By Lindel Anderson
As worship leaders, we have the important and terrifying task of placing words of worship on people’s lips.”
After reading the above quote by John D. Witvliet, a leading worship theologian, I was convicted about the serious task of the worship planner and leader. As worship leaders, we have the important task of selecting the worship words that our congregations will use to worship the king of Kings! It happens every time we choose a song or worship chorus for our church service. We have the holy task of being good stewards of God’s Word. Although we may be skillful musicians, worship leaders, rehearsal directors, and worship planners, for holy tasks such as these, the church needs more than a musician, coordinator, or performer. “While we are not spiritual engineers, we do-with fear and trembling-take the part of priests, placing words of worship on people’s lips that may well resonate deep within their souls and draw them, by the Spirit’s power, closer to God’? How do we fulfill this high calling? We must be students of the Word.
I have been convicted of the importance for worship leaders to be students of the Word. Amos 5:21-27 is a scorching rebuke of Israel concerning their worship. God did not accept Israel’s worship because they offered acts of worship outside of the covenantal relationship as they lived in idolatry, immorality, and selfishness. God despised their feasts and told them to take away the noise of their songs. Too often we gather with the goal to feel something and to elicit some sort of response. If our worship does not drive us to a more intense devotion to our God, then it is simply a self-absorbed activity that is not acceptable to the One who is supposed to be the subject and object of our worship.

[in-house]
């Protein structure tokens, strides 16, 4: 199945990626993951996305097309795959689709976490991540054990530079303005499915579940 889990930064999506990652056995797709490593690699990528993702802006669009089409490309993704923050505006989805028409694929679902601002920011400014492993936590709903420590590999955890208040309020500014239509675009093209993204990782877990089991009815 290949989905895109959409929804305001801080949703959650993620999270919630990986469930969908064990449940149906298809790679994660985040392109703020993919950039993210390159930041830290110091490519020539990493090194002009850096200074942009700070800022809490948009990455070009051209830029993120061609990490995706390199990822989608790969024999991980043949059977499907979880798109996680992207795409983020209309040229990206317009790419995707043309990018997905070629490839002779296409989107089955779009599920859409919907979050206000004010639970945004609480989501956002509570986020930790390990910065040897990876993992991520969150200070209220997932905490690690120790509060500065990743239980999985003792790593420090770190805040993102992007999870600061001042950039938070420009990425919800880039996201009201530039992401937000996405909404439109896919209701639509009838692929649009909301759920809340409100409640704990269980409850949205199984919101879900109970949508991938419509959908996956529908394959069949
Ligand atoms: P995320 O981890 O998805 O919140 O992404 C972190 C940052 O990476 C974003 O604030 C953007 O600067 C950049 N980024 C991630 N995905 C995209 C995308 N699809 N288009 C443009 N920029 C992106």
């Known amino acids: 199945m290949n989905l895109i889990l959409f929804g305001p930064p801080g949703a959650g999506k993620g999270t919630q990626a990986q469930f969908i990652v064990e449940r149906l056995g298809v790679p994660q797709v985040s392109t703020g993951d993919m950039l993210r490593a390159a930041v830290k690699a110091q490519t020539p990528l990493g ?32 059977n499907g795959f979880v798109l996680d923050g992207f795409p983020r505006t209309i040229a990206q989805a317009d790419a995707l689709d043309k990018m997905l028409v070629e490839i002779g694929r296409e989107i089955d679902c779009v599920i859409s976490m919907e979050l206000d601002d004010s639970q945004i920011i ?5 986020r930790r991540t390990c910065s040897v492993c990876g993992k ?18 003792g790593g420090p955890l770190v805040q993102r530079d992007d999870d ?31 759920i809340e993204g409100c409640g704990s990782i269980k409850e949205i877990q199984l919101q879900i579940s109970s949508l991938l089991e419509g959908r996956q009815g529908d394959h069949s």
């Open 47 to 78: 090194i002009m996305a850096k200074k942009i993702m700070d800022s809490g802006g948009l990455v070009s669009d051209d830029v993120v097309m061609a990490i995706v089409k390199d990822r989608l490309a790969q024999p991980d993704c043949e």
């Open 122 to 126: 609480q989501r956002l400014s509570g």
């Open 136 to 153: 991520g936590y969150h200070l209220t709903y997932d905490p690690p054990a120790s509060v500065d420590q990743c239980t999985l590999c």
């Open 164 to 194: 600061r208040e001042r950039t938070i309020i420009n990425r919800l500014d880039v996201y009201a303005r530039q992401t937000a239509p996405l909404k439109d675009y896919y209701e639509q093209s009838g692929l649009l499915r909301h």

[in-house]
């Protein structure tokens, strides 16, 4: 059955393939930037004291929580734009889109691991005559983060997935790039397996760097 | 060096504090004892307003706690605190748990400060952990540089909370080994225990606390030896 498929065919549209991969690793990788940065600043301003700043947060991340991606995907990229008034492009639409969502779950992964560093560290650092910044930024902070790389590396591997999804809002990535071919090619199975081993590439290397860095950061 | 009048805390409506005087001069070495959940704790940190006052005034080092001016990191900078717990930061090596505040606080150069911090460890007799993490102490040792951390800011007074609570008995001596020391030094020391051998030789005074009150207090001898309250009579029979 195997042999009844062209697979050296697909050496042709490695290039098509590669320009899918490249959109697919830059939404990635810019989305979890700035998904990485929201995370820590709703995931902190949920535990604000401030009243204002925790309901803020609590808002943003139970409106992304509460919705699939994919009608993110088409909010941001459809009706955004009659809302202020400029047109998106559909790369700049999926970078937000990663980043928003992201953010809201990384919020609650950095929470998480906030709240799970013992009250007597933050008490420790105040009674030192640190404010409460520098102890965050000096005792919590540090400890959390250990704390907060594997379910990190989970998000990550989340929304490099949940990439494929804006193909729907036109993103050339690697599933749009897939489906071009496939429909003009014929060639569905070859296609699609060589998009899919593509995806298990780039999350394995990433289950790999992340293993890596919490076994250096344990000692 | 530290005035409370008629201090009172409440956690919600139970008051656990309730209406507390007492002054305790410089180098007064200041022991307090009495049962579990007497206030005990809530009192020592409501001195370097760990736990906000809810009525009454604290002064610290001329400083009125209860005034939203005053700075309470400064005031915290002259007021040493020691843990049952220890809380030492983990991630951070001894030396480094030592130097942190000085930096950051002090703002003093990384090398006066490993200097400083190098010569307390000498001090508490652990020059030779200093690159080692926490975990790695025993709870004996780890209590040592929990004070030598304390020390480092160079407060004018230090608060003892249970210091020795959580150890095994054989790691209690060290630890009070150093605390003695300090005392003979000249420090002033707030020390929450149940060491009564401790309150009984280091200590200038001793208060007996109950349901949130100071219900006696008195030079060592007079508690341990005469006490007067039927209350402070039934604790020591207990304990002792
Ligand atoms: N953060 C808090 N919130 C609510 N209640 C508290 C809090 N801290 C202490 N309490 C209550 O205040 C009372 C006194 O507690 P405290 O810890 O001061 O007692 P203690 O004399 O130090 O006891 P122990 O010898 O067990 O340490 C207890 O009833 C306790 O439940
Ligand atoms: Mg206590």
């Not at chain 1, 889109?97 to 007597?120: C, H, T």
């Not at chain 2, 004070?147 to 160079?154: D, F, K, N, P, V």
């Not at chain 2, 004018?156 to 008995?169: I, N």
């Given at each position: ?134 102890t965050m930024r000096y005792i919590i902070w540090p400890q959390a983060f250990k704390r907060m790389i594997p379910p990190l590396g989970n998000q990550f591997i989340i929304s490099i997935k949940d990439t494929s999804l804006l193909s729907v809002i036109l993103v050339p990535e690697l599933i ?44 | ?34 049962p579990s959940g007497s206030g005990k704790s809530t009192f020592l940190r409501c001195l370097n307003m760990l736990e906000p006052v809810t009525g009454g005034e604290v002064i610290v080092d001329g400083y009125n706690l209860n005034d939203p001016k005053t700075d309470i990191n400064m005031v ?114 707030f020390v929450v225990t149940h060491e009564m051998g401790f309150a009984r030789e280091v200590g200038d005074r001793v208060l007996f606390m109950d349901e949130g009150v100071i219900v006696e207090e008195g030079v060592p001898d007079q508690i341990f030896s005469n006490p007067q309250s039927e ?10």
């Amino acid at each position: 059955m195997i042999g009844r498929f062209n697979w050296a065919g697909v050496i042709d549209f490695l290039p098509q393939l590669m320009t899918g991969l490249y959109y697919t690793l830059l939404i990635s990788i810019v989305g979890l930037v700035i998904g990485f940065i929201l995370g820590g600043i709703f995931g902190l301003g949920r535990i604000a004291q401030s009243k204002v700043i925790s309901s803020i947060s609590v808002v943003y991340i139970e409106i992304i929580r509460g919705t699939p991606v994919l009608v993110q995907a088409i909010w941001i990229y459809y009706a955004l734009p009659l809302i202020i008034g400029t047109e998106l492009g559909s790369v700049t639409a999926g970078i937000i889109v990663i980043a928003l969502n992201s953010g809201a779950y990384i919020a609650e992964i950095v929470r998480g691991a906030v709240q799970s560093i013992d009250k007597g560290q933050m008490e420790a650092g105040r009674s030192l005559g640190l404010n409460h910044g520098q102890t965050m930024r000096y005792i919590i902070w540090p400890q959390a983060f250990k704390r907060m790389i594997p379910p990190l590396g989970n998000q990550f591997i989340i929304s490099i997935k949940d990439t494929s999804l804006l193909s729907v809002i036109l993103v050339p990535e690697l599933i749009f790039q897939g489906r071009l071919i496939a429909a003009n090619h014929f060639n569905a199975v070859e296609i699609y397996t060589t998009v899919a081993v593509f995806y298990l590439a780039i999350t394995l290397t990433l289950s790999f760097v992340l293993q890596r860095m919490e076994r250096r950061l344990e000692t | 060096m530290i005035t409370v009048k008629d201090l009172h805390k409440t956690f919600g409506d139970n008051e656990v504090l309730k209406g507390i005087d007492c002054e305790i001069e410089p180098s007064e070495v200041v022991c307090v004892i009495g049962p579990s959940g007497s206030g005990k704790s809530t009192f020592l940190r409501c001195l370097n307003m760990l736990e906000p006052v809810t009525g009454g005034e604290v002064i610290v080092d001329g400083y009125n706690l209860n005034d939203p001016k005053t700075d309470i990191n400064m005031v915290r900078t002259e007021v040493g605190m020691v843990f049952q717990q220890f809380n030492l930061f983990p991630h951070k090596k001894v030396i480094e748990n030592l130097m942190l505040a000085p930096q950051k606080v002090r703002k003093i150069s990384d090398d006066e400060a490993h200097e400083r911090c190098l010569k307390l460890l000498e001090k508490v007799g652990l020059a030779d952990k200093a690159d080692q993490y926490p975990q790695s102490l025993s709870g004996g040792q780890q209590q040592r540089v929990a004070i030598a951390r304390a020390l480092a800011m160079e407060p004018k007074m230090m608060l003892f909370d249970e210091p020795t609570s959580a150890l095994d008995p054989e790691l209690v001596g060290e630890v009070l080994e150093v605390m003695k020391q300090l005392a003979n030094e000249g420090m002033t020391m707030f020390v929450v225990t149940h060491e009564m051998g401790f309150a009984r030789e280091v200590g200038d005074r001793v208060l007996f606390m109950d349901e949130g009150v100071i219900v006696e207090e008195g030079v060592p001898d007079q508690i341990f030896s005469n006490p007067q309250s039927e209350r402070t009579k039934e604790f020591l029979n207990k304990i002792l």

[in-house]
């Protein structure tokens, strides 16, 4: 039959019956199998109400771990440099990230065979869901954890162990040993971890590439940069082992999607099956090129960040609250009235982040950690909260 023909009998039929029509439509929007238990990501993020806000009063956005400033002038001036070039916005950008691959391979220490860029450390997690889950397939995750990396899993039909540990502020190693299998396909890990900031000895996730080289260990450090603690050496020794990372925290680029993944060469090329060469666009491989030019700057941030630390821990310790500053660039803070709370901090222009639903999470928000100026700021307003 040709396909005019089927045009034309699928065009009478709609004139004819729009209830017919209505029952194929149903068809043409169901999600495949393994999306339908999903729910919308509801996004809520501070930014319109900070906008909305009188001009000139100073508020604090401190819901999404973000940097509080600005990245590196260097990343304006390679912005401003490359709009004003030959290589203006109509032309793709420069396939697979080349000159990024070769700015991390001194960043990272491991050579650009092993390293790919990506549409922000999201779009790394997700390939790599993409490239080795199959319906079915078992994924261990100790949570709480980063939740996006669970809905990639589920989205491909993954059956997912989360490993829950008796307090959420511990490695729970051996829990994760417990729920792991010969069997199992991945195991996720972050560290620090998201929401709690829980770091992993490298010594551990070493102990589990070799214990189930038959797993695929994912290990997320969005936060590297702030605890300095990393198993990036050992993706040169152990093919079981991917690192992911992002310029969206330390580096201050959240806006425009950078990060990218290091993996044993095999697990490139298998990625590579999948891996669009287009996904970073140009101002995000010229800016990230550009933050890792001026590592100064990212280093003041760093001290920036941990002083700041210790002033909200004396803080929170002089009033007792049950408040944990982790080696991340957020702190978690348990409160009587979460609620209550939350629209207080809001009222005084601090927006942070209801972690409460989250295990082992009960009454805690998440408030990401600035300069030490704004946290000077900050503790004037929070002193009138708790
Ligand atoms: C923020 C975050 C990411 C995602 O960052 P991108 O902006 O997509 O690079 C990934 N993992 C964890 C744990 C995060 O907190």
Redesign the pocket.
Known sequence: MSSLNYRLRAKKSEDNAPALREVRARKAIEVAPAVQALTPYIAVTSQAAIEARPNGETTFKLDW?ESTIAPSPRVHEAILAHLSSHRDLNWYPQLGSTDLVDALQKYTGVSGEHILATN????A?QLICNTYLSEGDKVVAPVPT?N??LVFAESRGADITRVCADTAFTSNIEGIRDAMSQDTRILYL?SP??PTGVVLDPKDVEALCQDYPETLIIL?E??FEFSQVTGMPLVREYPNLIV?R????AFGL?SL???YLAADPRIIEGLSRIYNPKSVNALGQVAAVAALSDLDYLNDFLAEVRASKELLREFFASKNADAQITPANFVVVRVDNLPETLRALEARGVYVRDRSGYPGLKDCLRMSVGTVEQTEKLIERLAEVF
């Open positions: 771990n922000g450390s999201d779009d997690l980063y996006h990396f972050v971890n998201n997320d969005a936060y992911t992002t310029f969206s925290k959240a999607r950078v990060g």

So how does a leader select music for corporate worship? First, we must assume that not every song written is worthy to be sung. Just because it exists in a musical score or on a CD does not mean it qualifies as good music for worship. Every song must be evaluated on its own merits. Second, the persons responsible for song selection are accountable to God for what they ask the church to sing. Plato once said, “Let me write the songs of a nation, and I care not who writes it laws:’ He knew the power of songs to shape and influence people. “Selecting song texts, then, is one of the most significant things that worship architects do because they are shaping their congregation’s theology (and therefore worldview) by the texts they select.
It is an awesome responsibility”?
An effective philosophy or theology of worship must be built upon a foundation. As in the construction of a house, great care must be taken to make sure that its foundation is secure. In the day in which we live, there are a plethora of musical styles and many new voices trying to influence Christian worship. Through the din of the “worship” noise, let us never forget that true worship must have a sure foundation rooted in the Word of God.
Worship is about God and His desire to develop and deepen His relationship with His people. Holiness and preparation are the foundation for effective worship leading as is seen in II Chronicles 5. In John 4, Jesus encountered a woman who asked Him about the proper location for worship. Jesus responded that location and style may change, but the value (which must never change) is in worshiping God “in spirit and in truth” (4:23). In John’s writings “truth” is a word he often related to Jesus and the truth revealed by the Holy Spirit. John 1:17 states that “grace and truth came through Jesus Christ:’ The truth that is in Jesus will form the foundation on which worship styles are built. True worship does not depend on holy days and places but upon whether the worshiper is sincere and if Jesus Christ is the center of our worship.
1. John D. Witvliet, Worship Seeking Understanding: Windows Into Christian Practice (Grand Rapids: Baker Academic, 2003), 282.
2. Ibid., 282-283.
3. Constance M. Cherry, The Worship Architect: A Blueprint for Designing Culturally Relevant and Biblically Faithful Services (Grand Rapids: Baker Academic, 2010),182.
Lindel M. Anderson is dean of Worship Studies at Indiana Bible College.